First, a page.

PURPOSE: In skeletal muscle, macrophages migrate to damaged fibers, influencing the inflammatory response during muscle regeneration. Macrophages experience polarization, exhibiting different phenotypes described as M1 (pro-inflammatory) and M2 (anti-inflammatory.) Failure to properly transition between phenotypes inhibits fiber regeneration. Previous animal literature suggests that dysregulated macrophage polarization may contribute to the decreased regenerative capacity of aging muscle. The purpose of this study is to quantify macrophage response and polarization in a model of muscle damage and regeneration in older humans. We hypothesized that older people would have a higher percentage of M2 macrophages relative to the young. METHODS: Seven young (25 ± 3 y) and nineteen elderly (67 ± 4 y) male subjects were recruited for participation in the study. Muscle damage and regeneration events were initiated in one leg by electrically induced maximal eccentric contractions. Muscle biopsies were collected from the electrically stimulated leg pre and 9 days post stimulation. Biopsy samples were prepared for histological analysis and stained by immunohistochemistry to visualize macrophage content. Anti-CD68 antibodies were used as a pan-macrophage marker, while an anti-CD206 antibody was used to identify M2 macrophage. RESULTS: Both groups (young and elderly) demonstrated an increase in the number of damaged fibers following the protocol (p=.0006), but no significant effect of age was observed( add P). The total number of CD68+ cells increased post intervention (pCONCLUSION: These data demonstrate that the protocol was successful in eliciting similar muscular damage in both age groups. Damage in young muscle elicits a greater macrophage response post damage. A higher proportion of macrophages present in older muscle tissue exhibit an M2 phenotype.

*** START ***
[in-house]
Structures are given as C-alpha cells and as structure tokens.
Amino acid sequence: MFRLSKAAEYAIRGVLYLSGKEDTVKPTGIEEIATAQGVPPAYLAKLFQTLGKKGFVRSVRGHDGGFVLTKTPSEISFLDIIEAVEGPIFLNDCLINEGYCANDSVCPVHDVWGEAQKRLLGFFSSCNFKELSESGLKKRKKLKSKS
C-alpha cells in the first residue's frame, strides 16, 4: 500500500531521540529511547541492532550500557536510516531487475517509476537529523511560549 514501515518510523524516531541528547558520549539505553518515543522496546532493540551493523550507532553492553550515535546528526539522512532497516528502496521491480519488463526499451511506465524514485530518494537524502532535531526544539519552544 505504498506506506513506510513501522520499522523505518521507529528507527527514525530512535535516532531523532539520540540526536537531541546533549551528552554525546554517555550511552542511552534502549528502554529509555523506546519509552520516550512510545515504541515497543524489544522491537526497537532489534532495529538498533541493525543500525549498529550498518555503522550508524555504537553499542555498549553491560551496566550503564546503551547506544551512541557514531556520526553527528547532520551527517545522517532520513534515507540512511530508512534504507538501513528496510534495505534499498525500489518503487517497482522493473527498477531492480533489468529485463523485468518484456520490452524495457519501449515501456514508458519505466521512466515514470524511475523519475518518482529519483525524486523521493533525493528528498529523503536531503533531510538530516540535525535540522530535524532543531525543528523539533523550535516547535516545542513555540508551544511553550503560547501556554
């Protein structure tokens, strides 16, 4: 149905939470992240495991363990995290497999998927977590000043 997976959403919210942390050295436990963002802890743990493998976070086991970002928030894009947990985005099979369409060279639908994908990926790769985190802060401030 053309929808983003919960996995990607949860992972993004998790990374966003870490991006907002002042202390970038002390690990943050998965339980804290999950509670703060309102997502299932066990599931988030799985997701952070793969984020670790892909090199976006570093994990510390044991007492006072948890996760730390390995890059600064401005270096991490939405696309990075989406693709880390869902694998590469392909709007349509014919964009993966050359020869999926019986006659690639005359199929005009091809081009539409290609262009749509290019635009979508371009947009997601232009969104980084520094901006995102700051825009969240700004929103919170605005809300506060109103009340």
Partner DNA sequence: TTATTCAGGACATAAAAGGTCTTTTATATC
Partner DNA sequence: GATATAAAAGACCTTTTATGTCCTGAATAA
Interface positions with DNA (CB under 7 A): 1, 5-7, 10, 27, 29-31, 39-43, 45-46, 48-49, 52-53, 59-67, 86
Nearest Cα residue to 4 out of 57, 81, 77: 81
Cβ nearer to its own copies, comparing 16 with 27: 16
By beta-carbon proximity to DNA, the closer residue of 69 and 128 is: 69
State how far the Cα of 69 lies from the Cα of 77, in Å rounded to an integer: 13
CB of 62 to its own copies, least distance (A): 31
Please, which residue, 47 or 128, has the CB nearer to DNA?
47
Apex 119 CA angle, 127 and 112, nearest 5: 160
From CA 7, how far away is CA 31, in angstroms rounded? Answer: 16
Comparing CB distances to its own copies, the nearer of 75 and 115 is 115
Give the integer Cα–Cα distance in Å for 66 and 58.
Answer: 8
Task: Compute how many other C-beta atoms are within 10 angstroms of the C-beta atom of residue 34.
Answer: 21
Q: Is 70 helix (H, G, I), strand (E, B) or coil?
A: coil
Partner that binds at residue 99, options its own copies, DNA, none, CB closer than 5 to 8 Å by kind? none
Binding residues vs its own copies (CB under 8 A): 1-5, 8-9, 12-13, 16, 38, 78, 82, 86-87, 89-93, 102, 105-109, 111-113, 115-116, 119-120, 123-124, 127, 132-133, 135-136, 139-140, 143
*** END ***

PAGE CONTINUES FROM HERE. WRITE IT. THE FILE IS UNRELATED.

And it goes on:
To view the content in your browser, please download Adobe Reader or, alternately,
you may Download the file to your hard drive.

NOTE: The latest versions of Adobe Reader do not support viewing PDF files within Firefox on Mac OS and if you are using a modern (Intel) Mac, there is no official plugin for viewing PDF files within the browser window.